Competitive African Rice Initiative (CARI) II

Project description

Title: Supporting the African rice value chain (Competitive African Rice Initiative, CARI II)
Commissioned by: German Federal Ministry for Economic Cooperation and Development (BMZ)
Countries: Various African countries; based in Nigeria
Lead executing agencies: Agricultural ministries in Nigeria, Ghana, Burkina Faso and Tanzania
Overall term: 2018 to 2021

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CARI phase II is the follow-up project to CARI I, which was commissioned by the BMZ in December of 2013 and completed in June 2018. The second phase is implemented by the GIZ in cooperation with Kilimo Trust and the John A. Kufuor Foundation, focusing on four major outputs: increased experience sharing amongst actors of the rice value chain; sustainably improved inclusive business relations; improved access to financial services for actors of the rice value chain; and improved policy framework for the rice value chain. The partner countries are Nigeria, Ghana, Tanzania and Burkina Faso. To support organisational exchange and coordination of development organisations such as the Alliance for a Green Revolution in Africa (AGRA), the Bill and Melinda Gates Foundation (BMGF) is co-financing the programme. The programme is managed from a regional coordination office based in Abuja, the capital of Nigeria.


In phase II, 48,000 low-income rice farmers in Nigeria, Ghana, Burkina Faso and Tanzania have become more competitive and enjoy greater access to markets. Incomes are increasing significantly.

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To assist the rice farmers, the programme is supporting both a sustainable increase in the intensity of small-scale rice cultivation and the development of inclusive business models. Such models improve access to equipment and services, and create a more stable market for produce. Consumers are thereby able to purchase rice more efficiently and enjoy better quality rice. The programme is applying various business models to achieve widespread increases in income. CARI’s core human capacity development tools also include delivering Good Agricultural Practices and Sustainable Rice Platform training to farmers. 

The programme also develops innovative solutions for information and communication technology (ICT), to support farmers.


CARI II works in close cooperation with a broad-based consortium of stakeholders from the public and private sectors, research institutions, national and international foundations, non-governmental organisations and development organisations. Such cooperation fosters cross-learning, joint activity implementation, knowledge and experience exchange on the national and regional policy level supporting all value chain actors. This also promotes regional integration, synergy with the objectives for productivity and profitability and secures the sustainability of the project while achieving a broad-based impact. By doing this, the programme allows for the creation of a solid basis for common policy advocacy and avoids duplication and fragmentation.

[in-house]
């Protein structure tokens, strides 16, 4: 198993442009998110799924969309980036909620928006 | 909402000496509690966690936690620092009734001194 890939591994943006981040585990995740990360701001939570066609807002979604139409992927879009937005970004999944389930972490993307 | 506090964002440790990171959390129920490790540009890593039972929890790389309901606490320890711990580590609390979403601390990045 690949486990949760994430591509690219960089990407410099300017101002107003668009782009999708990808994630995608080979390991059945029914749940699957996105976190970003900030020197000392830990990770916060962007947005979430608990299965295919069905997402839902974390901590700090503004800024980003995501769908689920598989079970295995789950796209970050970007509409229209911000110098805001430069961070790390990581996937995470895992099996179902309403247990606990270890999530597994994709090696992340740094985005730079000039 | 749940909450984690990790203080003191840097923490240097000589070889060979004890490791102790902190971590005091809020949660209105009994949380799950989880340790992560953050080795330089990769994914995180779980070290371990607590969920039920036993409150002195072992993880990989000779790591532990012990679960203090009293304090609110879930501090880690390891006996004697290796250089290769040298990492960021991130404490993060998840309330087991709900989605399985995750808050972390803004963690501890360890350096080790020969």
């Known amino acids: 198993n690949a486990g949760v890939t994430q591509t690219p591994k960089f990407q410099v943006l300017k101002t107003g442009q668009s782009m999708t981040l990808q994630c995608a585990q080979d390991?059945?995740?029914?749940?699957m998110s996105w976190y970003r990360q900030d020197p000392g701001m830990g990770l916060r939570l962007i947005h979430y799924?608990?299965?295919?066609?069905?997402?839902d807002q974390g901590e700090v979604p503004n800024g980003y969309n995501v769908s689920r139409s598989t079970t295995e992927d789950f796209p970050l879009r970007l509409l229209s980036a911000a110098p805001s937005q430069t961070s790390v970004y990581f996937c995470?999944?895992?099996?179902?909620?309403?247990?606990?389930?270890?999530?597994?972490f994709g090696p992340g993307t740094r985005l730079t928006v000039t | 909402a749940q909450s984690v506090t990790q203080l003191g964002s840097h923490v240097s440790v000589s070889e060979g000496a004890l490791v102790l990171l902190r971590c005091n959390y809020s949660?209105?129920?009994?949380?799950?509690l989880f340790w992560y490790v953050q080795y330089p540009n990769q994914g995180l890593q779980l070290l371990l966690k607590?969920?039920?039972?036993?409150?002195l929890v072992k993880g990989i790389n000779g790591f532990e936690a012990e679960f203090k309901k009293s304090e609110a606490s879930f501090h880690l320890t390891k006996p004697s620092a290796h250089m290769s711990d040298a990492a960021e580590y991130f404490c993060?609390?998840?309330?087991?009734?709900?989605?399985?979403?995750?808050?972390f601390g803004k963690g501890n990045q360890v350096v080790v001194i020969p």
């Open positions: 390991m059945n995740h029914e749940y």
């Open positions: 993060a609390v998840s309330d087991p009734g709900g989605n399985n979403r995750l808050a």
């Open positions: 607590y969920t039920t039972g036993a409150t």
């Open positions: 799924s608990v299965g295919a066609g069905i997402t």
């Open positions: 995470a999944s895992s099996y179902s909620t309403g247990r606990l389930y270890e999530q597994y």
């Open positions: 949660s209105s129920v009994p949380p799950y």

The programme’s primary instrument is the matching fund. It leverages public and private investments of local business and organisations. Through this scheme, rice processors are also supported with training on business techniques for better rice marketing, contract farming, and access to finance as well as training to improve milling efficiency which results in better quality and quantity of rice paddies.   

One of the approaches CARI uses to achieve its objectives is multi-actor partnerships (MAP). The concept allows for regional initiatives and policies to be harmonised, while reinforcing coordination amongst actors in the rice value chain in different countries. A Memorandum of Understanding has already been established with AGRA for cooperation on matching funds to promote inclusive business models and achieve corresponding broad impact. BMGF is co-financing CARI to promote organisational exchange and coordination support. Other partners include NEPAD, CAADP,  GrowAfrica, AfDB, Africa Rice Centre, EAC, ECOWAS, JICA, and more.

CARI I was a fundamental success. The program reached 143,903 low-income farmers in the four countries. This resulted in 750,348 direct and indirect beneficiaries whose income increased and food security improved. 173,663 smallholder farmers received training in Good Agricultural Practices, and 137,281 in Farmers Business School. Following the trainings, a remarkable increase in yield per hectare was recorded (up to 136 per cent on irrigated and 185per cent on rain-fed fields). The programme’s training approach is gender sensitive. More than 42,000 women were trained on nutrition and 30,000 on parboiling techniques. 

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